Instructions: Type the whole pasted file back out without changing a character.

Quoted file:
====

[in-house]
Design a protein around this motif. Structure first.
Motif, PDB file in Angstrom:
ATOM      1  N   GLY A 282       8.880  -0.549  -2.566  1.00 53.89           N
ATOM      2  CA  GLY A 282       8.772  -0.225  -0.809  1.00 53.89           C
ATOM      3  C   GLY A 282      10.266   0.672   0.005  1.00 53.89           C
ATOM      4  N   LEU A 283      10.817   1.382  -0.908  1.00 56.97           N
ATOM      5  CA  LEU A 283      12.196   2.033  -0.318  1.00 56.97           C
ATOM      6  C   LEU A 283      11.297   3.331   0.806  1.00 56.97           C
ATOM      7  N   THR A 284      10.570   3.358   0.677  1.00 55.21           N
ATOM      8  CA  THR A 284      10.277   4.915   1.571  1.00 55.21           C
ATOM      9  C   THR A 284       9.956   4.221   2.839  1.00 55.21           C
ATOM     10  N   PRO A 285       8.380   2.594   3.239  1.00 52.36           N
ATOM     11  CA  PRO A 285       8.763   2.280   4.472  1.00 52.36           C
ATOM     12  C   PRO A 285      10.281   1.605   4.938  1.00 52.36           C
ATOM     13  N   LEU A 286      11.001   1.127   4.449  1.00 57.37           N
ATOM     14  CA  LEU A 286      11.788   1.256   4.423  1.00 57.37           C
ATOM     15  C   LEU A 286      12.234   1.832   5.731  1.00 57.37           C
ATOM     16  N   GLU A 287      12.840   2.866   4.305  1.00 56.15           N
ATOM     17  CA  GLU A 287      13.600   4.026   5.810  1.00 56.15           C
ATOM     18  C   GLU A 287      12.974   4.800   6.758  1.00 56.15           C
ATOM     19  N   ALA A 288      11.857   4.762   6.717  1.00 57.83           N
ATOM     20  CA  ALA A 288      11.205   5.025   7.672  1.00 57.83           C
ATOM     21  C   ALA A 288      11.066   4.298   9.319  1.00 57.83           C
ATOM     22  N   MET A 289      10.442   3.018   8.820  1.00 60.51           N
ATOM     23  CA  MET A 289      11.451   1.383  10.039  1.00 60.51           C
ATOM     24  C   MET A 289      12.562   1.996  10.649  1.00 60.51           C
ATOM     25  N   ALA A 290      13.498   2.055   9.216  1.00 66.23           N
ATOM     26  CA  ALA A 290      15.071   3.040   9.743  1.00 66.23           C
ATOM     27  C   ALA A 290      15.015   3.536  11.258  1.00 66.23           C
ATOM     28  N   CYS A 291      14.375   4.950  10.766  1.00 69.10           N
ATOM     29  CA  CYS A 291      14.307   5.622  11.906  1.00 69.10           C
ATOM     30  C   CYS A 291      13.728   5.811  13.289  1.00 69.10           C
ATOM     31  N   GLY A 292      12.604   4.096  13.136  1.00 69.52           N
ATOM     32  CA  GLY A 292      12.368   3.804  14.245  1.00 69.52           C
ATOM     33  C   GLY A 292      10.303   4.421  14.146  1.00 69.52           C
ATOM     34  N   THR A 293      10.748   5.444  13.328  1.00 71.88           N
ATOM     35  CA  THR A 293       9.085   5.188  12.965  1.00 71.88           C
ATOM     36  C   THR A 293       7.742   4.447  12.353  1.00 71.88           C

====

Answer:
[in-house]
Design a protein around this motif. Structure first.
Motif, PDB file in Angstrom:
ATOM      1  N   GLY A 282       8.880  -0.549  -2.566  1.00 53.89           N
ATOM      2  CA  GLY A 282       8.772  -0.225  -0.809  1.00 53.89           C
ATOM      3  C   GLY A 282      10.266   0.672   0.005  1.00 53.89           C
ATOM      4  N   LEU A 283      10.817   1.382  -0.908  1.00 56.97           N
ATOM      5  CA  LEU A 283      12.196   2.033  -0.318  1.00 56.97           C
ATOM      6  C   LEU A 283      11.297   3.331   0.806  1.00 56.97           C
ATOM      7  N   THR A 284      10.570   3.358   0.677  1.00 55.21           N
ATOM      8  CA  THR A 284      10.277   4.915   1.571  1.00 55.21           C
ATOM      9  C   THR A 284       9.956   4.221   2.839  1.00 55.21           C
ATOM     10  N   PRO A 285       8.380   2.594   3.239  1.00 52.36           N
ATOM     11  CA  PRO A 285       8.763   2.280   4.472  1.00 52.36           C
ATOM     12  C   PRO A 285      10.281   1.605   4.938  1.00 52.36           C
ATOM     13  N   LEU A 286      11.001   1.127   4.449  1.00 57.37           N
ATOM     14  CA  LEU A 286      11.788   1.256   4.423  1.00 57.37           C
ATOM     15  C   LEU A 286      12.234   1.832   5.731  1.00 57.37           C
ATOM     16  N   GLU A 287      12.840   2.866   4.305  1.00 56.15           N
ATOM     17  CA  GLU A 287      13.600   4.026   5.810  1.00 56.15           C
ATOM     18  C   GLU A 287      12.974   4.800   6.758  1.00 56.15           C
ATOM     19  N   ALA A 288      11.857   4.762   6.717  1.00 57.83           N
ATOM     20  CA  ALA A 288      11.205   5.025   7.672  1.00 57.83           C
ATOM     21  C   ALA A 288      11.066   4.298   9.319  1.00 57.83           C
ATOM     22  N   MET A 289      10.442   3.018   8.820  1.00 60.51           N
ATOM     23  CA  MET A 289      11.451   1.383  10.039  1.00 60.51           C
ATOM     24  C   MET A 289      12.562   1.996  10.649  1.00 60.51           C
ATOM     25  N   ALA A 290      13.498   2.055   9.216  1.00 66.23           N
ATOM     26  CA  ALA A 290      15.071   3.040   9.743  1.00 66.23           C
ATOM     27  C   ALA A 290      15.015   3.536  11.258  1.00 66.23           C
ATOM     28  N   CYS A 291      14.375   4.950  10.766  1.00 69.10           N
ATOM     29  CA  CYS A 291      14.307   5.622  11.906  1.00 69.10           C
ATOM     30  C   CYS A 291      13.728   5.811  13.289  1.00 69.10           C
ATOM     31  N   GLY A 292      12.604   4.096  13.136  1.00 69.52           N
ATOM     32  CA  GLY A 292      12.368   3.804  14.245  1.00 69.52           C
ATOM     33  C   GLY A 292      10.303   4.421  14.146  1.00 69.52           C
ATOM     34  N   THR A 293      10.748   5.444  13.328  1.00 71.88           N
ATOM     35  CA  THR A 293       9.085   5.188  12.965  1.00 71.88           C
ATOM     36  C   THR A 293       7.742   4.447  12.353  1.00 71.88           C